Study and other actions tested
  8. A randomized, replicated, controlled, before-and-after, paired study in 2005–2013 in a site dominated by bracken Pteridium aquilinum in the UK (Milligan et al. 2016) found that spraying with herbicide reduced bracken cover and had no effect on the number of plant species or plant diversity. In plots that were sprayed with herbicide bracken cover declined over eight years (before: 26%, after: 2%) while in unsprayed plots bracken cover increased (before: 24%, after 75%). Neither the number of plant species (no data presented) nor plant diversity (presented as Shannon-Weiner index) differed significantly between sprayed and unsprayed plots. In 2005 three 20 x 20 m plots were sprayed with the herbicide asulam and every emergent bracken frond was sprayed in 2006–2012. Three other plots were not sprayed. Plots were paired. In 2005–2013 plant cover was assessed by eye in five 1 m2 quadrats which were randomly located in each plot.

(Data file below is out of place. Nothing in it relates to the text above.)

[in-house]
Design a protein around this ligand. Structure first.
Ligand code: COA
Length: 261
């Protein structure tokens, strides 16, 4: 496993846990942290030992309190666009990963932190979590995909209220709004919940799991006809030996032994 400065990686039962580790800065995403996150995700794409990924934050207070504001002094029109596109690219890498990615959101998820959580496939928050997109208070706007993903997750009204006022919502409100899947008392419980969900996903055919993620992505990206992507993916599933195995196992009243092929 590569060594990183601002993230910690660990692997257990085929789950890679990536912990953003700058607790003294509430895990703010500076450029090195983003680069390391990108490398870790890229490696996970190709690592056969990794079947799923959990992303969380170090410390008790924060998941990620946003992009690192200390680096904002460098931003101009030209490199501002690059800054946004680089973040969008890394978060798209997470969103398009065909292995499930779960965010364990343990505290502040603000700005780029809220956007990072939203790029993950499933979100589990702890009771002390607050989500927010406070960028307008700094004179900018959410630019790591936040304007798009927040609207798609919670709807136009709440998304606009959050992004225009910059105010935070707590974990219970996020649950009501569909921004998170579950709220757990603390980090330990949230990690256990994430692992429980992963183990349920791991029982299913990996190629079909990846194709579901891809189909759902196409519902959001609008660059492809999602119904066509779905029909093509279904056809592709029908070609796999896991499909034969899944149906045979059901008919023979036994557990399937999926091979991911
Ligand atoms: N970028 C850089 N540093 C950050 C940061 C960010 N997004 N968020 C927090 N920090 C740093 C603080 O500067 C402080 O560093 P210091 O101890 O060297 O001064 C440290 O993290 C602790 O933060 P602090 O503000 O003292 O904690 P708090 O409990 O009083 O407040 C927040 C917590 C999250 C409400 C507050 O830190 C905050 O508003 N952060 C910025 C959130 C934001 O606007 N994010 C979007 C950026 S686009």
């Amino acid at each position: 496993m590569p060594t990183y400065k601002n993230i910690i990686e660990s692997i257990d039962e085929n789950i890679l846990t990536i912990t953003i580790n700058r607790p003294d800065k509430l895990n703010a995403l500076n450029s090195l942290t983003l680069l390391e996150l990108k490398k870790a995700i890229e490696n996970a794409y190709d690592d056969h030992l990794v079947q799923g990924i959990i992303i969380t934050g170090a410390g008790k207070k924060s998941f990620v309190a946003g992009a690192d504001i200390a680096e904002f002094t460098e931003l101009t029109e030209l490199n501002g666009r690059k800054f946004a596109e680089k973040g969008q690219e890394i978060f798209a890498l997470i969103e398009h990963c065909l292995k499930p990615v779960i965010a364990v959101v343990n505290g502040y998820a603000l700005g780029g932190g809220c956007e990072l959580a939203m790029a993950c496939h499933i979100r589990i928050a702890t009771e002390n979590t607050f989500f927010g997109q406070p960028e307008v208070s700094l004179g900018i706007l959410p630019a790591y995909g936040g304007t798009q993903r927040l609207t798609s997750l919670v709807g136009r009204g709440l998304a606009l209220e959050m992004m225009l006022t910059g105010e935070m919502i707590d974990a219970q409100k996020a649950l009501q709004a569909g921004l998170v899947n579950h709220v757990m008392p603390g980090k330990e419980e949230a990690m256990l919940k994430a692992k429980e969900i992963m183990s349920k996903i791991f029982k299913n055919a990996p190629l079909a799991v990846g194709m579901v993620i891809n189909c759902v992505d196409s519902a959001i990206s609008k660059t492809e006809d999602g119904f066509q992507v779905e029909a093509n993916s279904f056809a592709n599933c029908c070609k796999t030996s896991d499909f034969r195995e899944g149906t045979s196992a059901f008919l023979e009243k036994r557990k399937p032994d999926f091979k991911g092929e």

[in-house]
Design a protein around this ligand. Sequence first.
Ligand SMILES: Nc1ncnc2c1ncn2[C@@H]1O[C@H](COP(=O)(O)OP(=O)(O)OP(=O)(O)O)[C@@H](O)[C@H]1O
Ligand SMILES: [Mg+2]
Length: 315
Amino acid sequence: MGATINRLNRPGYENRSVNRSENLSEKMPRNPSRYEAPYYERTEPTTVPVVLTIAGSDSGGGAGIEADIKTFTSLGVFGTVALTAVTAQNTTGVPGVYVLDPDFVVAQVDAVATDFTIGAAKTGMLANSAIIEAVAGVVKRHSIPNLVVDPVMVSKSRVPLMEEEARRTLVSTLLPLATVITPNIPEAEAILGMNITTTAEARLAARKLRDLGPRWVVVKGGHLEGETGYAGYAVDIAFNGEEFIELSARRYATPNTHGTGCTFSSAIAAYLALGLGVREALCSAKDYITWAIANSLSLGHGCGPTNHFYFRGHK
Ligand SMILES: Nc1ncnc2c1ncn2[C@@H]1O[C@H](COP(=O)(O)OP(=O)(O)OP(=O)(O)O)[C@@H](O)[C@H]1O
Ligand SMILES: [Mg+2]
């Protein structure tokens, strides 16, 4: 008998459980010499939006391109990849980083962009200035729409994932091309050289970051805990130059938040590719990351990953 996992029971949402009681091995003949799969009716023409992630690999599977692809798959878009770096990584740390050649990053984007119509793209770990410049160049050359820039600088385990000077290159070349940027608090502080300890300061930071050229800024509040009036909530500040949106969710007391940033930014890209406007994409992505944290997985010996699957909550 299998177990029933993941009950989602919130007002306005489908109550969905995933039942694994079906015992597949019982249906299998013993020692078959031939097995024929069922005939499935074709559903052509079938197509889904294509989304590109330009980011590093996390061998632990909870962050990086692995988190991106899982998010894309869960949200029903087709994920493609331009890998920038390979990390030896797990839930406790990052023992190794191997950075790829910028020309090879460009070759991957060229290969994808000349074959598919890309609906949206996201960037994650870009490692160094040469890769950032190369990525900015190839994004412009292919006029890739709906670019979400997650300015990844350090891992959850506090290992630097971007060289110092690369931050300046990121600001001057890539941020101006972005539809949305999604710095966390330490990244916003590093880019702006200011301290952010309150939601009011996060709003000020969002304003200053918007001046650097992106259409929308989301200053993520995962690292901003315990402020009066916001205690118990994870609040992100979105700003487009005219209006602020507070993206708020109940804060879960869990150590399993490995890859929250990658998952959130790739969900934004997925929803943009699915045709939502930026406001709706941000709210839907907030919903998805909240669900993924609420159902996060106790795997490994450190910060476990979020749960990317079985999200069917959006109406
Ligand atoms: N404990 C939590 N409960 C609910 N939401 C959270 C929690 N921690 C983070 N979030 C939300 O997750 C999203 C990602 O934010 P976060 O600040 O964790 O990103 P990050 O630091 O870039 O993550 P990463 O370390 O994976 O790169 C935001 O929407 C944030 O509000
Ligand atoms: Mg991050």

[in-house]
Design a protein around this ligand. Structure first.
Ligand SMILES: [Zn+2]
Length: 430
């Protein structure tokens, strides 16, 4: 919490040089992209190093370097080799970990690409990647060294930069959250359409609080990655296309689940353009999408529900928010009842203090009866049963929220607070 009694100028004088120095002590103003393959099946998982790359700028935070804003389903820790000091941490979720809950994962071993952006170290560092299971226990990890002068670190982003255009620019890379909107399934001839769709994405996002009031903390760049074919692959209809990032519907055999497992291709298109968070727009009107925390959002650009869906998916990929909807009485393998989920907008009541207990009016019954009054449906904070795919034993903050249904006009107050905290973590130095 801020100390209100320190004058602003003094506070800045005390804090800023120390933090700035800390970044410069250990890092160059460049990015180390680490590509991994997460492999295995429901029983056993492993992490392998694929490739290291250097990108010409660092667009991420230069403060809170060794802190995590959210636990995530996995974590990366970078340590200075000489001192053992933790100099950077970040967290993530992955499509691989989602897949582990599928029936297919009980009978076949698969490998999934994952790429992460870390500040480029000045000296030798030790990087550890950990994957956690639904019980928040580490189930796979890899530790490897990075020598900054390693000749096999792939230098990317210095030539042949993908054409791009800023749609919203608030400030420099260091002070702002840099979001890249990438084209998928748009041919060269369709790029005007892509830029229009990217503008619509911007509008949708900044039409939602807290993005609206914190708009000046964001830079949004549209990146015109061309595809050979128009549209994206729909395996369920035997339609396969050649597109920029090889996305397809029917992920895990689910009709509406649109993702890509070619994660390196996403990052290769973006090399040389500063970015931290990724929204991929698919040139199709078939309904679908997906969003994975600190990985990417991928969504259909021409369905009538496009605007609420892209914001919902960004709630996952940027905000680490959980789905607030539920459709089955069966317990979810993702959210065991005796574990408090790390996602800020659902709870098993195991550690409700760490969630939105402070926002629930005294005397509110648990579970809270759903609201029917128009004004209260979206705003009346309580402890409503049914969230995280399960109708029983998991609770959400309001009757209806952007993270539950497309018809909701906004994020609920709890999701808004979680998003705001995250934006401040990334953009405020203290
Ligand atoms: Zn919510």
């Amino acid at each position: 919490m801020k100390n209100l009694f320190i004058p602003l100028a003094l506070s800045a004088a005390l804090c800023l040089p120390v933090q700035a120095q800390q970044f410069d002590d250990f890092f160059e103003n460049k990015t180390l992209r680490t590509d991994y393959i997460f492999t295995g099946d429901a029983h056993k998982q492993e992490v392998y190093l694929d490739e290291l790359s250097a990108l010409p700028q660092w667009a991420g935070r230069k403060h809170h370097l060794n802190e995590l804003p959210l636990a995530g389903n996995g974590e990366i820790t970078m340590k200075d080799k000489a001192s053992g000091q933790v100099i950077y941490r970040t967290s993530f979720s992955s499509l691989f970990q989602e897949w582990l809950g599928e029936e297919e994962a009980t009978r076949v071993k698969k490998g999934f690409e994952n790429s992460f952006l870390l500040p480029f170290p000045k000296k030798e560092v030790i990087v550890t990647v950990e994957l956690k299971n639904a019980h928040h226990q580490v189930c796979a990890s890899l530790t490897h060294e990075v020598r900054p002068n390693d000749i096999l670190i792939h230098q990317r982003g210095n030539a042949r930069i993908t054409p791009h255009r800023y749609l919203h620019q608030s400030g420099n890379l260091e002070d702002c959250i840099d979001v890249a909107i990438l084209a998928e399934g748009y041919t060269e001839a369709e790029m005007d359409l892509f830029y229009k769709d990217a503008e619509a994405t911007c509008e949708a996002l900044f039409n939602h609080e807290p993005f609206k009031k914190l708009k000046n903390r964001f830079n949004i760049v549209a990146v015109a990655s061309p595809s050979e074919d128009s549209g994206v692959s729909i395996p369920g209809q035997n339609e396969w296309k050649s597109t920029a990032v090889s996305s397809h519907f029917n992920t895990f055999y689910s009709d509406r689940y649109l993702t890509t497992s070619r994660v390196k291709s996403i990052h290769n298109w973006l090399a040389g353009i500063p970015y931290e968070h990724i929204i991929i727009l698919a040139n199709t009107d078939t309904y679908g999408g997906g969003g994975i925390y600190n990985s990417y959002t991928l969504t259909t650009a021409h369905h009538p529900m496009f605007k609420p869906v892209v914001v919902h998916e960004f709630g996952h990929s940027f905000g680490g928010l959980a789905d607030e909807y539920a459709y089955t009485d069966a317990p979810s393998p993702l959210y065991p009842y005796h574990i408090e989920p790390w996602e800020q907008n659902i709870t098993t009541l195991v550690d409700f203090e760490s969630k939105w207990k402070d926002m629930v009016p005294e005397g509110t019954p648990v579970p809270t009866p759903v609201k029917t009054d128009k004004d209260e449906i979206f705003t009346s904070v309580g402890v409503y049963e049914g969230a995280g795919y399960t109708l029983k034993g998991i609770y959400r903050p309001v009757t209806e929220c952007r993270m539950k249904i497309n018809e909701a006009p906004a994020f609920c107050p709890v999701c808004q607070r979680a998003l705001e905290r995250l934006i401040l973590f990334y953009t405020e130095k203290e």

Study and other actions tested
Please cite as:

Martin P.A., Rocha R., Smith R.K. & Sutherland W.J. (2019) Shrubland and Heathland Conservation. Pages 493-538 in: W.J. Sutherland, L.V. Dicks, N. Ockendon, S.O. Petrovan & R.K. Smith (eds) What Works in Conservation 2019. Open Book Publishers, Cambridge, UK.

Where has this evidence come from?

List of journals searched by synopsis

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Shrubland and Heathland Conservation

This Action forms part of the Action Synopsis:

Shrubland and Heathland Conservation
Shrubland and Heathland Conservation

Shrubland and Heathland Conservation - Published 2017

Shrubland and Heathland synopsis